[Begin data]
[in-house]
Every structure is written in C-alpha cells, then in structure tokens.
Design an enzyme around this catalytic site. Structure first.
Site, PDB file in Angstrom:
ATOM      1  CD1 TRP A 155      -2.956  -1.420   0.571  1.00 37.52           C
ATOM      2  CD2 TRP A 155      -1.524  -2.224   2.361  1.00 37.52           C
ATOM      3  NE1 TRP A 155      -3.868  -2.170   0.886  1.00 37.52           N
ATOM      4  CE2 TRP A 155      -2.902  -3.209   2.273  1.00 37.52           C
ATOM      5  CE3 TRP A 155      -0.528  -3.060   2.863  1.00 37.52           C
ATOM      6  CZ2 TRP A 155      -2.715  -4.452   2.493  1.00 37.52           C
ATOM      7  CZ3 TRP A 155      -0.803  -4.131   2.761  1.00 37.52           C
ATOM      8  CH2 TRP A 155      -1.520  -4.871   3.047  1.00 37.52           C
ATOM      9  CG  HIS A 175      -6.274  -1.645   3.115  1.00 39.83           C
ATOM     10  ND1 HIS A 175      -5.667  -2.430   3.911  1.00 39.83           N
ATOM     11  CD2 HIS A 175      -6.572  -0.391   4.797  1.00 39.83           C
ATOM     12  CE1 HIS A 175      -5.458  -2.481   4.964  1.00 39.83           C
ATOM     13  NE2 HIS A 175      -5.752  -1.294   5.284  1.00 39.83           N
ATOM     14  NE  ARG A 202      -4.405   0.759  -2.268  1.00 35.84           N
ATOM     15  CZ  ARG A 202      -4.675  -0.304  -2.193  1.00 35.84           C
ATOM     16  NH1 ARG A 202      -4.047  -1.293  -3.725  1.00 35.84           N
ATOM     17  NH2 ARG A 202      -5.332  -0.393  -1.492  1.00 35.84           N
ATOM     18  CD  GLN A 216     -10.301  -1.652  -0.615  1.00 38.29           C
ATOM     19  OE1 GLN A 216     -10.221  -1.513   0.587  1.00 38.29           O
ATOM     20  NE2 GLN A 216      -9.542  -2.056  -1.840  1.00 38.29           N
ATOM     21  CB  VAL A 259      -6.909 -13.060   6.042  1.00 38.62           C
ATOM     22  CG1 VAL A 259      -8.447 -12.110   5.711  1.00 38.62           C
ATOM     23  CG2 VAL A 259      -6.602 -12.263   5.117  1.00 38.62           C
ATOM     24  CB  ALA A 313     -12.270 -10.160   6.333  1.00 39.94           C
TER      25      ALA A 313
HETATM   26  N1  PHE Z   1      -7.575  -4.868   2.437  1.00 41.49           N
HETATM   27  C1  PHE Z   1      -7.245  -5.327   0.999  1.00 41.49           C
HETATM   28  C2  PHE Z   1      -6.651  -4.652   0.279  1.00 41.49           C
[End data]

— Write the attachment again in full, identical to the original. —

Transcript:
[in-house]
Every structure is written in C-alpha cells, then in structure tokens.
Design an enzyme around this catalytic site. Structure first.
Site, PDB file in Angstrom:
ATOM      1  CD1 TRP A 155      -2.956  -1.420   0.571  1.00 37.52           C
ATOM      2  CD2 TRP A 155      -1.524  -2.224   2.361  1.00 37.52           C
ATOM      3  NE1 TRP A 155      -3.868  -2.170   0.886  1.00 37.52           N
ATOM      4  CE2 TRP A 155      -2.902  -3.209   2.273  1.00 37.52           C
ATOM      5  CE3 TRP A 155      -0.528  -3.060   2.863  1.00 37.52           C
ATOM      6  CZ2 TRP A 155      -2.715  -4.452   2.493  1.00 37.52           C
ATOM      7  CZ3 TRP A 155      -0.803  -4.131   2.761  1.00 37.52           C
ATOM      8  CH2 TRP A 155      -1.520  -4.871   3.047  1.00 37.52           C
ATOM      9  CG  HIS A 175      -6.274  -1.645   3.115  1.00 39.83           C
ATOM     10  ND1 HIS A 175      -5.667  -2.430   3.911  1.00 39.83           N
ATOM     11  CD2 HIS A 175      -6.572  -0.391   4.797  1.00 39.83           C
ATOM     12  CE1 HIS A 175      -5.458  -2.481   4.964  1.00 39.83           C
ATOM     13  NE2 HIS A 175      -5.752  -1.294   5.284  1.00 39.83           N
ATOM     14  NE  ARG A 202      -4.405   0.759  -2.268  1.00 35.84           N
ATOM     15  CZ  ARG A 202      -4.675  -0.304  -2.193  1.00 35.84           C
ATOM     16  NH1 ARG A 202      -4.047  -1.293  -3.725  1.00 35.84           N
ATOM     17  NH2 ARG A 202      -5.332  -0.393  -1.492  1.00 35.84           N
ATOM     18  CD  GLN A 216     -10.301  -1.652  -0.615  1.00 38.29           C
ATOM     19  OE1 GLN A 216     -10.221  -1.513   0.587  1.00 38.29           O
ATOM     20  NE2 GLN A 216      -9.542  -2.056  -1.840  1.00 38.29           N
ATOM     21  CB  VAL A 259      -6.909 -13.060   6.042  1.00 38.62           C
ATOM     22  CG1 VAL A 259      -8.447 -12.110   5.711  1.00 38.62           C
ATOM     23  CG2 VAL A 259      -6.602 -12.263   5.117  1.00 38.62           C
ATOM     24  CB  ALA A 313     -12.270 -10.160   6.333  1.00 39.94           C
TER      25      ALA A 313
HETATM   26  N1  PHE Z   1      -7.575  -4.868   2.437  1.00 41.49           N
HETATM   27  C1  PHE Z   1      -7.245  -5.327   0.999  1.00 41.49           C
HETATM   28  C2  PHE Z   1      -6.651  -4.652   0.279  1.00 41.49           C